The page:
Our family business advisory practice is focused on three strategic financial questions that weigh on family business directors and can keep them awake at night.
In no particular order, the three questions are:
1. What is the right dividend policy for our family business?
We define dividend policy broadly, encompassing both how family businesses pay regular and special dividends and how they craft shareholder redemption programs.
2. What is the right family business capital structure?
Every family business has a capital structure, whether it is the product of intention or inattention. Capital structure for family businesses often reflects both business fundamentals and family risk tolerances and history.
3. What is the right asset mix for our family business?
Answering this question requires careful analysis of company strategy, how potential projects are identified, and the use of cash flow projections.
Clients often solicit our advice because they are struggling with one of these questions. But, in our experience, the questions can’t really be tackled in isolation. Each question comprises one leg of the three-legged stool of the family business. As an engineering-minded client recently pointed out to us, while it is impossible for a three-legged stool to wobble, it can be crooked. If the three legs are not designed to work together, the stool won’t be level, and won’t hold anything valuable for long.
We would like to use the following image to show how the three legs of the stool relate to one another.
Relationship between Dividend Policy and Capital Structure
Whether through dividends or share redemptions, returning capital to shareholders affects the capital structure of the family business. This is true if dividends are paid out of operating cash flow, or if a special dividend or redemption is paid out of incremental borrowings. As a result, dividend and redemption decisions cannot be made apart from capital structure decisions. This requires family shareholders to think through the inherent tradeoffs that often arise between the desire for more substantial dividends and a preference that the family business be conservatively financed.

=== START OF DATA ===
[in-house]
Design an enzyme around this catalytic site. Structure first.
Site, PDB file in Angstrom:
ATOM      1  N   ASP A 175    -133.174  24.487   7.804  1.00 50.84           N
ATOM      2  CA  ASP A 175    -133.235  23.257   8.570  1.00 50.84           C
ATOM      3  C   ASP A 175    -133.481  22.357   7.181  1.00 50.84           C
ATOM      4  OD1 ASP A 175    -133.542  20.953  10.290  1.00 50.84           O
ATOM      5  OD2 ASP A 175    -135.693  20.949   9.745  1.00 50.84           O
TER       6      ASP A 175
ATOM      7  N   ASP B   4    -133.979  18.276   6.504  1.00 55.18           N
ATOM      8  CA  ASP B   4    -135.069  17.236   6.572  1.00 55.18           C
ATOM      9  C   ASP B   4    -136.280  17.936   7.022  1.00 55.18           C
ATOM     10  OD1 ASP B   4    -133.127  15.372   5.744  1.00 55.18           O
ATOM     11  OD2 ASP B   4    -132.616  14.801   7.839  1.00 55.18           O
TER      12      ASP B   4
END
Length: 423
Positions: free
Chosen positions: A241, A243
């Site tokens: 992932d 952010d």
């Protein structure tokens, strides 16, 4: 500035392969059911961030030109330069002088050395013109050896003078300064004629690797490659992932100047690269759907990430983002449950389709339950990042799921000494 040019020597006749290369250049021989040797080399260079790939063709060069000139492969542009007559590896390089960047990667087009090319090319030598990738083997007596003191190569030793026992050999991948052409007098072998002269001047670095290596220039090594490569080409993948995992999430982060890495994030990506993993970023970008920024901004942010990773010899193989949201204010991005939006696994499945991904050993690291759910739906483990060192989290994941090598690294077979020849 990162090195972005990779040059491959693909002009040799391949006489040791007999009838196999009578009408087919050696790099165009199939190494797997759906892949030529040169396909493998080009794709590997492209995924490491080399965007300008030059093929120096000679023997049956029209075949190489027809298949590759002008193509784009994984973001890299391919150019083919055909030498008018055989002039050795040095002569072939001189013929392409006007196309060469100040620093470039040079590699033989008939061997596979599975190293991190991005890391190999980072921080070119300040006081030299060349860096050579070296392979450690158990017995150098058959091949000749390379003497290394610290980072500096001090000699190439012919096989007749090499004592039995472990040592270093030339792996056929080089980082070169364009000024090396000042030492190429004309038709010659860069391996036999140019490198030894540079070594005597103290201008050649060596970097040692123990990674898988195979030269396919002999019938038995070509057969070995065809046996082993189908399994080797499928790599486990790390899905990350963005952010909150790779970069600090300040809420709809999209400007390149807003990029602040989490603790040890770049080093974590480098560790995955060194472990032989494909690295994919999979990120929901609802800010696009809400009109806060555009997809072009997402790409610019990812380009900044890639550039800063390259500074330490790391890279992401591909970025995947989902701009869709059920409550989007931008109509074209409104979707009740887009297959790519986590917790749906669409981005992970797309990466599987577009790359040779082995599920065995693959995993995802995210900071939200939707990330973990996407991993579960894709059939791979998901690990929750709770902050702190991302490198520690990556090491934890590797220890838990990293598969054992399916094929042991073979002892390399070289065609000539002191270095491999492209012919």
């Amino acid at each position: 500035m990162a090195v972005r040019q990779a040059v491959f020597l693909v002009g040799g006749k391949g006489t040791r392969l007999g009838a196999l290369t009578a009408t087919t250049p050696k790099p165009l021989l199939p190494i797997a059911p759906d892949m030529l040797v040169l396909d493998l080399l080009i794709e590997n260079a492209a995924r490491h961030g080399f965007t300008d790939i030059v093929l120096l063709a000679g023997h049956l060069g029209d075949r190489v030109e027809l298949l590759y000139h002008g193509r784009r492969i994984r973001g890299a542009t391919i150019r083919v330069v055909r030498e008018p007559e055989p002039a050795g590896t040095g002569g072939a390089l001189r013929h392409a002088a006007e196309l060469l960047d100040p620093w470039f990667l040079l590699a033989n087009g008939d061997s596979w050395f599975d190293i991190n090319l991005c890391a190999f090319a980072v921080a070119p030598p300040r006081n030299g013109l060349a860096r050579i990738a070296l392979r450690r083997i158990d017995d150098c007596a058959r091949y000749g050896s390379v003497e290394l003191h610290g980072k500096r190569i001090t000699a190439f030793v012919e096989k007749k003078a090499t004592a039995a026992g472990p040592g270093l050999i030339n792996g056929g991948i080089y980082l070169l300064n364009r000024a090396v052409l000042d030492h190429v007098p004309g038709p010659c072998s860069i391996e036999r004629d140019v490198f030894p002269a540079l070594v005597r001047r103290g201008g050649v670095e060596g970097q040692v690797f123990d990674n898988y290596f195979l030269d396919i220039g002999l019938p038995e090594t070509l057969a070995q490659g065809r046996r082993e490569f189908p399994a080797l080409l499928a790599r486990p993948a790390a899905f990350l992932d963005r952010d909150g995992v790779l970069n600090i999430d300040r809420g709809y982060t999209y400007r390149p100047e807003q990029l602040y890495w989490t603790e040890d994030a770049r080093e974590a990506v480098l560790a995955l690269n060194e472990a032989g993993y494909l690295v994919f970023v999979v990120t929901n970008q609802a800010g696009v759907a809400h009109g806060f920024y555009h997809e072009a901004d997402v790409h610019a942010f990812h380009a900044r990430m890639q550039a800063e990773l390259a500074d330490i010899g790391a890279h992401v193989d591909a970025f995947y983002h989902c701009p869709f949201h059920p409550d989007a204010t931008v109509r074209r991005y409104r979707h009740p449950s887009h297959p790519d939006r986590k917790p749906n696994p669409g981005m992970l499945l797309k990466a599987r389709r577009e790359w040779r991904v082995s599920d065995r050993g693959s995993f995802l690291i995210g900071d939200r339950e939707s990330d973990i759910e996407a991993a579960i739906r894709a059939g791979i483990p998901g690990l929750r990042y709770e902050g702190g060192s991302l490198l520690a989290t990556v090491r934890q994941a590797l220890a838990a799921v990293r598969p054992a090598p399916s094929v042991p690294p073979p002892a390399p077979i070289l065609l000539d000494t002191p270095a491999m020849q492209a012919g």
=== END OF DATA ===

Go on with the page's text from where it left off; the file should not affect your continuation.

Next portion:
Relationship between Capital Structure and Capital Budgeting
The mix of debt and equity financing employed by the family business influences the weighted average cost of capital, which serves as the foundation for hurdle rates used in capital budgeting analyses. Setting the appropriate hurdle rate for capital investment requires more than a little finesse on the part of family business directors. Set the rate too high, and the growth of the family business may be stifled as the company continually loses out on investment opportunities to more aggressive bidders. If the hurdle rate is too low, the family business will be willing to make capital investments when returning capital to family shareholders would be the more prudent choice. A too-low hurdle rate can become a self-fulfilling prophecy, pulling down shareholder returns over time through over-investment in the business.
Relationship between Capital Budgeting and Dividend Policy
Shareholder returns come from two, and only two, sources: dividend yield and capital appreciation (i.e., growth in share price over time). While it may be only natural for family shareholders to want to maximize both sources of return, funds distributed as dividends or used for share redemptions are not available to finance capital investments that support future increases in share price. This tradeoff is unavoidable and suggests that dividend policy cannot be established in isolation from the investment opportunities available to the family business. Finding the right mix of dividends and reinvestment for future growth requires balancing what are often the competing claims and needs of different generations within the family, or even among different branches of the same generation.
Keeping the Stool Level
No, a three-legged stool will never wobble, but it won’t necessarily be level, either. No one would set an irreplaceable family heirloom on a stool that isn’t level. You can only keep the stool level if all three legs are working together.
We assist our family business clients in making sure all three legs are working together by helping directors identify what the business means to the family, benchmarking key metrics to relevant peers, and improving shareholder communications.
Give one of our senior professionals a call today to discuss how we can help secure a sustainable future for your family business.